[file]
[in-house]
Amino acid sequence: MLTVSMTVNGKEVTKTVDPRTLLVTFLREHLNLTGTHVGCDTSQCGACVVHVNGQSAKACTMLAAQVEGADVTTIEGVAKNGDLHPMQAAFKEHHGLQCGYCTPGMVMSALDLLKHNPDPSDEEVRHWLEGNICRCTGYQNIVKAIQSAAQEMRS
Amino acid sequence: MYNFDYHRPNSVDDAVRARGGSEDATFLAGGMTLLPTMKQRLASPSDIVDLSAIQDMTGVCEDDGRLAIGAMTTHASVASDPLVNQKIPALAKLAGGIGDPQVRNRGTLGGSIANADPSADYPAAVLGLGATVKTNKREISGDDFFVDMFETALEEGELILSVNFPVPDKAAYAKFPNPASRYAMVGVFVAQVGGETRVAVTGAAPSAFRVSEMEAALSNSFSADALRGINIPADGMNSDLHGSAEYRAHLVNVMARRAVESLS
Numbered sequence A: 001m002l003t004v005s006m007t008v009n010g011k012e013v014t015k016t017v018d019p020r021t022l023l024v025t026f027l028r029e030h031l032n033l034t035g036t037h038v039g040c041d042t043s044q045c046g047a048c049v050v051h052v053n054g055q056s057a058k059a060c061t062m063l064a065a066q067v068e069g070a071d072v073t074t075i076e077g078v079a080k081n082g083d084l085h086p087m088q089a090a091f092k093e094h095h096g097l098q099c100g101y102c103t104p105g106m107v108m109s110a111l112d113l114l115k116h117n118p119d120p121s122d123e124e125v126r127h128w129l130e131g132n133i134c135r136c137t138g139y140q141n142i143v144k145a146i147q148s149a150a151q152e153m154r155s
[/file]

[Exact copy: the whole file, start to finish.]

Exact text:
[in-house]
Amino acid sequence: MLTVSMTVNGKEVTKTVDPRTLLVTFLREHLNLTGTHVGCDTSQCGACVVHVNGQSAKACTMLAAQVEGADVTTIEGVAKNGDLHPMQAAFKEHHGLQCGYCTPGMVMSALDLLKHNPDPSDEEVRHWLEGNICRCTGYQNIVKAIQSAAQEMRS
Amino acid sequence: MYNFDYHRPNSVDDAVRARGGSEDATFLAGGMTLLPTMKQRLASPSDIVDLSAIQDMTGVCEDDGRLAIGAMTTHASVASDPLVNQKIPALAKLAGGIGDPQVRNRGTLGGSIANADPSADYPAAVLGLGATVKTNKREISGDDFFVDMFETALEEGELILSVNFPVPDKAAYAKFPNPASRYAMVGVFVAQVGGETRVAVTGAAPSAFRVSEMEAALSNSFSADALRGINIPADGMNSDLHGSAEYRAHLVNVMARRAVESLS
Numbered sequence A: 001m002l003t004v005s006m007t008v009n010g011k012e013v014t015k016t017v018d019p020r021t022l023l024v025t026f027l028r029e030h031l032n033l034t035g036t037h038v039g040c041d042t043s044q045c046g047a048c049v050v051h052v053n054g055q056s057a058k059a060c061t062m063l064a065a066q067v068e069g070a071d072v073t074t075i076e077g078v079a080k081n082g083d084l085h086p087m088q089a090a091f092k093e094h095h096g097l098q099c100g101y102c103t104p105g106m107v108m109s110a111l112d113l114l115k116h117n118p119d120p121s122d123e124e125v126r127h128w129l130e131g132n133i134c135r136c137t138g139y140q141n142i143v144k145a146i147q148s149a150a151q152e153m154r155s